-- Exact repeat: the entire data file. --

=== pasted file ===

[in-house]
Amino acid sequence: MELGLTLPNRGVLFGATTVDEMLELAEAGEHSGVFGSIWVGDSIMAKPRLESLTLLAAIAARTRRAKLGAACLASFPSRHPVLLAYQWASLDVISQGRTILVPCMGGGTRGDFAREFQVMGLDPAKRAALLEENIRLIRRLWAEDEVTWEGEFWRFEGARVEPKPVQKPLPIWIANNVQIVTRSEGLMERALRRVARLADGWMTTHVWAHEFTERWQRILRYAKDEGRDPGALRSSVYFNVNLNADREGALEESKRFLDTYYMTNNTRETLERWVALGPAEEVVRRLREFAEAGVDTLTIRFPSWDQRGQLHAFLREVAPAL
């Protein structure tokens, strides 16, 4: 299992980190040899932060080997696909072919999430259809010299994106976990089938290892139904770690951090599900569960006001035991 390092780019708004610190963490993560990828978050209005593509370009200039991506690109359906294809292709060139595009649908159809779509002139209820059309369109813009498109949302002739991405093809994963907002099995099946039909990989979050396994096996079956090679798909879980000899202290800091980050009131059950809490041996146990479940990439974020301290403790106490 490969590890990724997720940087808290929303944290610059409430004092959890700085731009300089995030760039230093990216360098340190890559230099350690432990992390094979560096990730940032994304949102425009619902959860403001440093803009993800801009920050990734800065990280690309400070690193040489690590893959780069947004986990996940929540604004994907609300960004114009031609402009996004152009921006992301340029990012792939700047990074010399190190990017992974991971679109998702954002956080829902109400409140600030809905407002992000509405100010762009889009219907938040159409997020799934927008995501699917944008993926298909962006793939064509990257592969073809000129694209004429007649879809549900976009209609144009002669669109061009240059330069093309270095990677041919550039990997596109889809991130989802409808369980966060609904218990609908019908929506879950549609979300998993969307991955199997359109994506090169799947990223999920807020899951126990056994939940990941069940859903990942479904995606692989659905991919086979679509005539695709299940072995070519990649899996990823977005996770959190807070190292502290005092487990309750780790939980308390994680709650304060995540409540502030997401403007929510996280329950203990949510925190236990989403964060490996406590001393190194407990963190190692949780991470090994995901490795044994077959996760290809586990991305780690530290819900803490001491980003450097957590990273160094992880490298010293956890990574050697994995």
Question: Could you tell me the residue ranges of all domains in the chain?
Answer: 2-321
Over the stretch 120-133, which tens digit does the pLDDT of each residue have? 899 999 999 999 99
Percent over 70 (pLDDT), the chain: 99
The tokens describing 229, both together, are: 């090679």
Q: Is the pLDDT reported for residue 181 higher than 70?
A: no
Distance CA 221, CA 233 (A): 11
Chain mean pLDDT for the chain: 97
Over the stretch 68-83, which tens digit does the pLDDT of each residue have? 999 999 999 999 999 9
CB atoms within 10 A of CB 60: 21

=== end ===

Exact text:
[in-house]
Amino acid sequence: MELGLTLPNRGVLFGATTVDEMLELAEAGEHSGVFGSIWVGDSIMAKPRLESLTLLAAIAARTRRAKLGAACLASFPSRHPVLLAYQWASLDVISQGRTILVPCMGGGTRGDFAREFQVMGLDPAKRAALLEENIRLIRRLWAEDEVTWEGEFWRFEGARVEPKPVQKPLPIWIANNVQIVTRSEGLMERALRRVARLADGWMTTHVWAHEFTERWQRILRYAKDEGRDPGALRSSVYFNVNLNADREGALEESKRFLDTYYMTNNTRETLERWVALGPAEEVVRRLREFAEAGVDTLTIRFPSWDQRGQLHAFLREVAPAL
């Protein structure tokens, strides 16, 4: 299992980190040899932060080997696909072919999430259809010299994106976990089938290892139904770690951090599900569960006001035991 390092780019708004610190963490993560990828978050209005593509370009200039991506690109359906294809292709060139595009649908159809779509002139209820059309369109813009498109949302002739991405093809994963907002099995099946039909990989979050396994096996079956090679798909879980000899202290800091980050009131059950809490041996146990479940990439974020301290403790106490 490969590890990724997720940087808290929303944290610059409430004092959890700085731009300089995030760039230093990216360098340190890559230099350690432990992390094979560096990730940032994304949102425009619902959860403001440093803009993800801009920050990734800065990280690309400070690193040489690590893959780069947004986990996940929540604004994907609300960004114009031609402009996004152009921006992301340029990012792939700047990074010399190190990017992974991971679109998702954002956080829902109400409140600030809905407002992000509405100010762009889009219907938040159409997020799934927008995501699917944008993926298909962006793939064509990257592969073809000129694209004429007649879809549900976009209609144009002669669109061009240059330069093309270095990677041919550039990997596109889809991130989802409808369980966060609904218990609908019908929506879950549609979300998993969307991955199997359109994506090169799947990223999920807020899951126990056994939940990941069940859903990942479904995606692989659905991919086979679509005539695709299940072995070519990649899996990823977005996770959190807070190292502290005092487990309750780790939980308390994680709650304060995540409540502030997401403007929510996280329950203990949510925190236990989403964060490996406590001393190194407990963190190692949780991470090994995901490795044994077959996760290809586990991305780690530290819900803490001491980003450097957590990273160094992880490298010293956890990574050697994995």
Question: Could you tell me the residue ranges of all domains in the chain?
Answer: 2-321
Over the stretch 120-133, which tens digit does the pLDDT of each residue have? 899 999 999 999 99
Percent over 70 (pLDDT), the chain: 99
The tokens describing 229, both together, are: 């090679």
Q: Is the pLDDT reported for residue 181 higher than 70?
A: no
Distance CA 221, CA 233 (A): 11
Chain mean pLDDT for the chain: 97
Over the stretch 68-83, which tens digit does the pLDDT of each residue have? 999 999 999 999 999 9
CB atoms within 10 A of CB 60: 21